Materials and Methods
Phantom and Scan setup
An anthropomorphic pediatric dosimetry phantom simulating a 5-year old child was imaged separately using vendor-specific protocols for head CT and thoracoabdominal CT. Multiple dosimeters were placed in different organs for both body regions (Fig.1). A scout image was acquired in lateral orientation in head CT and in anteroposterior orientation in thoracoabdominal CT.
The phantom was manually centered and imaged repeatedly at multiple vertical off-center positions (from -6 cm to + 6 cm compared to the 0-position). In head CT, the dosimeter at the thyroid was excluded from the scan range and served as a surrogate for scatter radiation.
Assessment of tube current modulation, image noise, and organ dose
The mean tube current time product (TCTP), image noise, and organ radiation doses were measured as a function of patient position. To estimate the effect of the bowtie filter alone, the measured organ doses were normalized to the mean TCTP and the measured image noises were normalized to the mean organ doses.
Regression analysis was applied to assess the relation between patient off-centering and organ dose. A linear regression model was fitted for head CT and a quadratic polynomial non-linear model for thoracoabdominal CT. Normality test of residuals for the non-linear regression was performed using the Shapiro-Wilk test.
Impact of patient position on ATCM
In head CT, we observed two ranges of approximately constant TCTP between -6 cm to 0 cm and between +2 to +6 cm with a step-wise increase in-between (Fig. 2). By reviewing the lateral scout images, we observed that parts of the table with higher attenuation were absent or only partly present in the scout image at lower table positions (-6 cm to 0 cm) but fully present at higher table positions (+2 cm to +6 cm) (Fig. 3). The additional attenuating structures of the scanner table, therefore, increased the overall measured attenuation in the scout image which resulted in higher TCTPs.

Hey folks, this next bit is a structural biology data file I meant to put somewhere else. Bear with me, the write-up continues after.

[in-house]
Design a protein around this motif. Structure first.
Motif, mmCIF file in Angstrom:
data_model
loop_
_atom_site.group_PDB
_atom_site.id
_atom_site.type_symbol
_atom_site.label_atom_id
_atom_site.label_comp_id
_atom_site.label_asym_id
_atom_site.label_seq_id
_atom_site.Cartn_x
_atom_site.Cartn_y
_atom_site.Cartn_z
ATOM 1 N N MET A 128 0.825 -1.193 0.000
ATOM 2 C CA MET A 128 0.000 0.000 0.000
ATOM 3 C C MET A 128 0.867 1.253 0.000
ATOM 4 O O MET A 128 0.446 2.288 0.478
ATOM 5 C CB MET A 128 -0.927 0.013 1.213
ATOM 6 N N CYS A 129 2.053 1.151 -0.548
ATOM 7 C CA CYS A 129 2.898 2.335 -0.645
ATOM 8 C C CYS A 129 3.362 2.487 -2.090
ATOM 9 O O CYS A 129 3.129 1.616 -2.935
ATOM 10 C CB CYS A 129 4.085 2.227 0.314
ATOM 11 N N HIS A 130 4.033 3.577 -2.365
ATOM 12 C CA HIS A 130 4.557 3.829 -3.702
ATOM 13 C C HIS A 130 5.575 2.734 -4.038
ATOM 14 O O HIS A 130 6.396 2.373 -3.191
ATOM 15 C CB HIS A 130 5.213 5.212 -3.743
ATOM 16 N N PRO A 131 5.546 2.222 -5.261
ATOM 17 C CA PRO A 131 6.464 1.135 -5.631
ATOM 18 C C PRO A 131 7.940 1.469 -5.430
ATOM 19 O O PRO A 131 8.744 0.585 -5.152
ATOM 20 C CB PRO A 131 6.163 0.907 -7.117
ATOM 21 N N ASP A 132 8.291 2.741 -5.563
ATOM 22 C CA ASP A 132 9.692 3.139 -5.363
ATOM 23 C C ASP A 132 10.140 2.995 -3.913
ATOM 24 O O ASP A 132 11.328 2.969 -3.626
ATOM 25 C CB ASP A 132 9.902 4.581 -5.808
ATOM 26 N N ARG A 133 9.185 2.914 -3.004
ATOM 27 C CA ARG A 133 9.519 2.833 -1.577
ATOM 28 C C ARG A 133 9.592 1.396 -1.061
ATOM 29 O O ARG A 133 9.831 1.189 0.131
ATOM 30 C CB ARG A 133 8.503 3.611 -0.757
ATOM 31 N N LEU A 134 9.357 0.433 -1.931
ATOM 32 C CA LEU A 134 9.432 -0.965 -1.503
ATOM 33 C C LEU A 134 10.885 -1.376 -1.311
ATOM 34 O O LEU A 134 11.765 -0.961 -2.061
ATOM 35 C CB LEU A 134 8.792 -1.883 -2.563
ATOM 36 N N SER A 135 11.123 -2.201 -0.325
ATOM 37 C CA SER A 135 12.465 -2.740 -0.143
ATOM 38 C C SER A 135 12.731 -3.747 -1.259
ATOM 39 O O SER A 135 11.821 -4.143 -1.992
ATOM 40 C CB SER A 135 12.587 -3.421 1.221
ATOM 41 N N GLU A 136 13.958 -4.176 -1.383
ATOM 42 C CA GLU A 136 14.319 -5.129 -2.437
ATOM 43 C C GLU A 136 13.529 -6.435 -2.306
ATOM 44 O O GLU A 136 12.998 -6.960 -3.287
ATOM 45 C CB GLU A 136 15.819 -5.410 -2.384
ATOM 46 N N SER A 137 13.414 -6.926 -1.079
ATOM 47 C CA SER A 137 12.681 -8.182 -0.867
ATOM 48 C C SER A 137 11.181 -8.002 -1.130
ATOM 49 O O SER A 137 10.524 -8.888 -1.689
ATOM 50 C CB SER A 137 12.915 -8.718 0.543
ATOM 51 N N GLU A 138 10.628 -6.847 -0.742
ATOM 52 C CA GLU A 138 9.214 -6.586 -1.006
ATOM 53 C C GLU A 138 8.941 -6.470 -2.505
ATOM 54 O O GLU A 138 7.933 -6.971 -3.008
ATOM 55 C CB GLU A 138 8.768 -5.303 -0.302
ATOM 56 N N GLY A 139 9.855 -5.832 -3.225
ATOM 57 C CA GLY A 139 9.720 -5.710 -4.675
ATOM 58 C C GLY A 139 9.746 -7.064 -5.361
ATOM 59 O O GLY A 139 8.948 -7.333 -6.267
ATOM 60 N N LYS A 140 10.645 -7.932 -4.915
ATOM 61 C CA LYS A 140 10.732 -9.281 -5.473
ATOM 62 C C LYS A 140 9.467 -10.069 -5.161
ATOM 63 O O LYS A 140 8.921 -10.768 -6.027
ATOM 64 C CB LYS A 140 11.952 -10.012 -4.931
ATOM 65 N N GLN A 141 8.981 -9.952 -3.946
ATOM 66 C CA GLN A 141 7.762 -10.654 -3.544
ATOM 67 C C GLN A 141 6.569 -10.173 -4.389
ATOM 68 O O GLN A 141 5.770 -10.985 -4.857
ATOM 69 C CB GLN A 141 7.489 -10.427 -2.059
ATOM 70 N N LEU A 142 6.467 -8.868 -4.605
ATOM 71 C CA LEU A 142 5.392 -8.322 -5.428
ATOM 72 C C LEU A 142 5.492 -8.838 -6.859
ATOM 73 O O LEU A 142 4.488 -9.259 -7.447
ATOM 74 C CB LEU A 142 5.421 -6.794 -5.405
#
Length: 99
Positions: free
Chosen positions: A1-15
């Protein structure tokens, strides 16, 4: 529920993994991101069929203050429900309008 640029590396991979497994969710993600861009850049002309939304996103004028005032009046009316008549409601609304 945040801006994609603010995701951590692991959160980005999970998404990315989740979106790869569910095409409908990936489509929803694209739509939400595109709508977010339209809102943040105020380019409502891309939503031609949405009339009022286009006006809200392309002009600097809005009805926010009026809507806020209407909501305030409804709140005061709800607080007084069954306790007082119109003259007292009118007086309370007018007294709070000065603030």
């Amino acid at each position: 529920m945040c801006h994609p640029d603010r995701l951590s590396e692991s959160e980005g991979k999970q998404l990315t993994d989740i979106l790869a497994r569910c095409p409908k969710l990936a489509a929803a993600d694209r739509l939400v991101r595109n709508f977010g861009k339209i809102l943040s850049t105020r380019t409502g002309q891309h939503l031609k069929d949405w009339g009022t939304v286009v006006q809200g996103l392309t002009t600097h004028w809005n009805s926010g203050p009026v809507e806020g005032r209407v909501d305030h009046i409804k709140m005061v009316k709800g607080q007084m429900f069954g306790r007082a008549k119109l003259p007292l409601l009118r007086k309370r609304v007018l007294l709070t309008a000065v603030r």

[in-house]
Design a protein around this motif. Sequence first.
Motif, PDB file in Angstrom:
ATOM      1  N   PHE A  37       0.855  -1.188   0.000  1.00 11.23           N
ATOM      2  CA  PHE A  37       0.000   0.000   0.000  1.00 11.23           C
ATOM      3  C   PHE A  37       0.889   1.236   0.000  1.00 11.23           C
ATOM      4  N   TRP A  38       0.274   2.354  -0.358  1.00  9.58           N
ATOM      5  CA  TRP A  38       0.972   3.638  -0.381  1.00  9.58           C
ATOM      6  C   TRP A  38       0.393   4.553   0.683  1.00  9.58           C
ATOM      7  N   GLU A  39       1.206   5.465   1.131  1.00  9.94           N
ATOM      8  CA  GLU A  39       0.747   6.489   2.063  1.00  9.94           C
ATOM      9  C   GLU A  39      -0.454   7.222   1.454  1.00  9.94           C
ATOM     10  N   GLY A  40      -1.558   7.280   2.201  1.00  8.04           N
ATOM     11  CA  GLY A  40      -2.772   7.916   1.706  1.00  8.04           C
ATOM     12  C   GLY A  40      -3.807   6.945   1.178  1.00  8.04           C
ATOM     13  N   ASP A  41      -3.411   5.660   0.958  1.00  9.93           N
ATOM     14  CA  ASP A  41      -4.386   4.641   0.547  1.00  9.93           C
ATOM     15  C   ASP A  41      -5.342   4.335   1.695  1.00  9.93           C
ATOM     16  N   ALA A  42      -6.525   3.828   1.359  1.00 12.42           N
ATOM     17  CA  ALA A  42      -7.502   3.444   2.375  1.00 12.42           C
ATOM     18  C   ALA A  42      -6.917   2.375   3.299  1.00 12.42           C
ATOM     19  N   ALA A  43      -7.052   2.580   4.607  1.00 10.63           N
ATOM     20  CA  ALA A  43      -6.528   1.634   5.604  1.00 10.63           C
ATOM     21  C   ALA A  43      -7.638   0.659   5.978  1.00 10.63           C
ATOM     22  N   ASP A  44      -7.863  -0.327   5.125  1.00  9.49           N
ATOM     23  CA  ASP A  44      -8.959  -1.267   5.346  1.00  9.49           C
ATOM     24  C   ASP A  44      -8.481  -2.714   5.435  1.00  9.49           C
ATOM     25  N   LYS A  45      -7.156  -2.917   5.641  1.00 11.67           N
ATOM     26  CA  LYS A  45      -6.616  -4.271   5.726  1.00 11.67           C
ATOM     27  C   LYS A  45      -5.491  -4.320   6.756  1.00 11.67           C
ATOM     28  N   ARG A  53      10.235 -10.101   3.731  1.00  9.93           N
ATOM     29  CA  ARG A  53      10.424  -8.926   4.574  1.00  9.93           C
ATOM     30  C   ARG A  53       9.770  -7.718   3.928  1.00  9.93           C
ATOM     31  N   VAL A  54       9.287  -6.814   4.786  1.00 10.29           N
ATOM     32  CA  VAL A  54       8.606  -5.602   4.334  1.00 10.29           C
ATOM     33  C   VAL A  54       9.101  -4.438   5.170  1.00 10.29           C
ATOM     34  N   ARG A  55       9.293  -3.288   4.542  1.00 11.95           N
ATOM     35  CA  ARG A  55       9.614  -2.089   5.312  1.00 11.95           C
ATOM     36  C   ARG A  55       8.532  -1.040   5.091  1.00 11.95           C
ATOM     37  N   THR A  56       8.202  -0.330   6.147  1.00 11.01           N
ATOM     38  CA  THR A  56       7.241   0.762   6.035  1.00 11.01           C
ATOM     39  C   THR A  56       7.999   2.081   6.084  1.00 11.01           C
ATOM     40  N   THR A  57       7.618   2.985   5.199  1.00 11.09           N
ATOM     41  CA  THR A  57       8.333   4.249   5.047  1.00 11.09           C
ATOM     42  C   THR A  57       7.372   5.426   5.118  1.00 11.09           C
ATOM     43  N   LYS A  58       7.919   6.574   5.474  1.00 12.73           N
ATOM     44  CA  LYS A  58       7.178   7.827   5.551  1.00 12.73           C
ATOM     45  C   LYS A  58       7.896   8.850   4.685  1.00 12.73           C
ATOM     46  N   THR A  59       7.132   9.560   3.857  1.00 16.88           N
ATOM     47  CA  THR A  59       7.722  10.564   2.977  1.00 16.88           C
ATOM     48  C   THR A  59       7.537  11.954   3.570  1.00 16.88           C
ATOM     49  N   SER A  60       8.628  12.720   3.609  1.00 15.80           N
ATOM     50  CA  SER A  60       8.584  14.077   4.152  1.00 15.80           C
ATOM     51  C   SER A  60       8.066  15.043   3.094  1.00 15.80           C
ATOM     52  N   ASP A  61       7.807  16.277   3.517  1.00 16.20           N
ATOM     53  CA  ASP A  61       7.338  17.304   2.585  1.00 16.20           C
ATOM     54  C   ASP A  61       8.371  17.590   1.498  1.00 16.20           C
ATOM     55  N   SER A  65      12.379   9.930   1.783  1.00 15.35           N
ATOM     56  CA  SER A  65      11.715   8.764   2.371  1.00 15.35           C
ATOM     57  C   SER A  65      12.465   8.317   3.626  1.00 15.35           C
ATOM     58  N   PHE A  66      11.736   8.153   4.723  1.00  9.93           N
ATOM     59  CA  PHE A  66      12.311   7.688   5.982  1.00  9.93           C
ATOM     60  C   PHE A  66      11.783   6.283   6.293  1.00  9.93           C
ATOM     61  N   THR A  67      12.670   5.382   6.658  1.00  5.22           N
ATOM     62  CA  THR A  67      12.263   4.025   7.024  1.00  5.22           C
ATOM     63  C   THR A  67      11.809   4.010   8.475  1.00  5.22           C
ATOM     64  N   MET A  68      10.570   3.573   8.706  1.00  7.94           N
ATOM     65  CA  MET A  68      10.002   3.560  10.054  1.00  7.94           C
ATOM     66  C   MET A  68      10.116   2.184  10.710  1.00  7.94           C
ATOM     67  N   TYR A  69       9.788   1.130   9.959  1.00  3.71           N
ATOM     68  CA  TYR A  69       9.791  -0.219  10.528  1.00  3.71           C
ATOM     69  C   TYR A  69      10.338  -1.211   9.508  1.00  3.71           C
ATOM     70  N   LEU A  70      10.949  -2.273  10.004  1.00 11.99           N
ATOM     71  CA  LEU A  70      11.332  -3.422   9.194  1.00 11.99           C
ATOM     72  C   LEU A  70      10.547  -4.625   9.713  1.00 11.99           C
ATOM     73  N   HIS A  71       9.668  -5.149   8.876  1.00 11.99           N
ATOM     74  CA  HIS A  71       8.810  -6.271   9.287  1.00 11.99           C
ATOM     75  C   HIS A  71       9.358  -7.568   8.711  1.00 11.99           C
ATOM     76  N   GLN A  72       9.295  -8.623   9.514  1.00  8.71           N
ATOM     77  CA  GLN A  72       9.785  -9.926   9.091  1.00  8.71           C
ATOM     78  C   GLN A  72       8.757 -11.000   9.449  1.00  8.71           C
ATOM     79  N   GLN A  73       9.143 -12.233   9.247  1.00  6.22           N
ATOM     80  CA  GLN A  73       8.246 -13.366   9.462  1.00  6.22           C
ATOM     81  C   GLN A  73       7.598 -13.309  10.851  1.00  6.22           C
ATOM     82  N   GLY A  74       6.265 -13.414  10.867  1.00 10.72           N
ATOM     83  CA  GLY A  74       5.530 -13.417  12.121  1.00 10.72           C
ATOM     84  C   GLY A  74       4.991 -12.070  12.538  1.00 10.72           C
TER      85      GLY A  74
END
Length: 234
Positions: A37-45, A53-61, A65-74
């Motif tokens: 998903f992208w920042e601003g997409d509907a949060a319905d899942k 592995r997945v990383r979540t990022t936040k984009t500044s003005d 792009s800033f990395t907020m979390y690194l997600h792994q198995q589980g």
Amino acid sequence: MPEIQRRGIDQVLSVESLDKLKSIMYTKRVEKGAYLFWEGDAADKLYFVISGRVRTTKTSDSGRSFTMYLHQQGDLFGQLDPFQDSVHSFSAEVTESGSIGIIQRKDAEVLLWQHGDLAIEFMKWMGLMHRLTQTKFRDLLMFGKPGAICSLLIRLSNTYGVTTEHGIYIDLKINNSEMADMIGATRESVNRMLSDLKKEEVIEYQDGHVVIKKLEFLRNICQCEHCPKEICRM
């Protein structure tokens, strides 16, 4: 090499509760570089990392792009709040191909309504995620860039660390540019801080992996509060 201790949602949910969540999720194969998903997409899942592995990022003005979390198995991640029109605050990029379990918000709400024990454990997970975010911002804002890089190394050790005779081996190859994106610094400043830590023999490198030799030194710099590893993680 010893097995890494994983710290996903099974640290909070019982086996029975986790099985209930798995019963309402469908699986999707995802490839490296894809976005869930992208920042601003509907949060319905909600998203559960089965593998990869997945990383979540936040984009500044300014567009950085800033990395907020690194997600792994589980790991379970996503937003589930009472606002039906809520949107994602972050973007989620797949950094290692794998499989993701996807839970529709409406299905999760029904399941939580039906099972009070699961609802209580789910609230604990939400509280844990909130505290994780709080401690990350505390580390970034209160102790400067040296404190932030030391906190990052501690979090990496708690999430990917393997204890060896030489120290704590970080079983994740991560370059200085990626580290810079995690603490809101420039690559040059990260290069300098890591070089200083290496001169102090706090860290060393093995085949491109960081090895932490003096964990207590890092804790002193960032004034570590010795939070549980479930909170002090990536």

Impact of patient position on organ dose and image noise
Organ doses differed up to 22% for the supratentorial brain, 34% for the infratentorial brain, 19% for the eyes, 28% for the lungs, 25% for the stomach, and 22% for the liver compared to the 0-position.
In head CT, regression analysis revealed that the radiation dose to the eyes decreased linearly and to the brain increased linearly with increasing table height (Fig. 4). Scatter radiation (measured at the thyroid) did not show a significant dependency on patient position and demonstrated a maximum increase of 9.7% compared to the 0-position (P=0.21). After normalizing the organ dose to the mean TCTP, the relation between organ doses and patient vertical position remained unchanged (Fig. 5). The relation between image noise and patient position was approximately linear but inverse to the relation found for organ dose. Depending on off-centering, image noise per mGy ranged from 0.12 HU/mGy to 0.23 HU/mGy for the supratentorial brain, 0.14 HU/mGy to 0.3 HU/mGy for the infratentorial brain, 0.07 HU/mGy to 0.15 HU/mGy for the eyes.
In thoracoabdominal CT, regression analysis demonstrated an approximately quadratic relation of organ dose to patient position, with highest doses measured at the 0-position and decreasing doses with increasing off-centering to lower or higher positions (Fig. 6). After normalization, the relative dose differences at different patient positions were affected stronger compared to head CT (Fig. 7). The relation between image noise and patient position was approximately quadratic but inverse to the relation found for organ dose. Depending on off-centering, image noise per mGy ranged from 2.2 HU/mGy to 3.4 HU/mGy for the thyroid, 2 HU/mGy to 3 HU/mGy for the right lung, 2 HU/mGy to 3.4 HU/mGy for the left lung, 2.4 HU/mGy to 4.4 HU/mGy for the stomach, and 2.4 HU/mGy to 4.1 HU/mGy for the liver.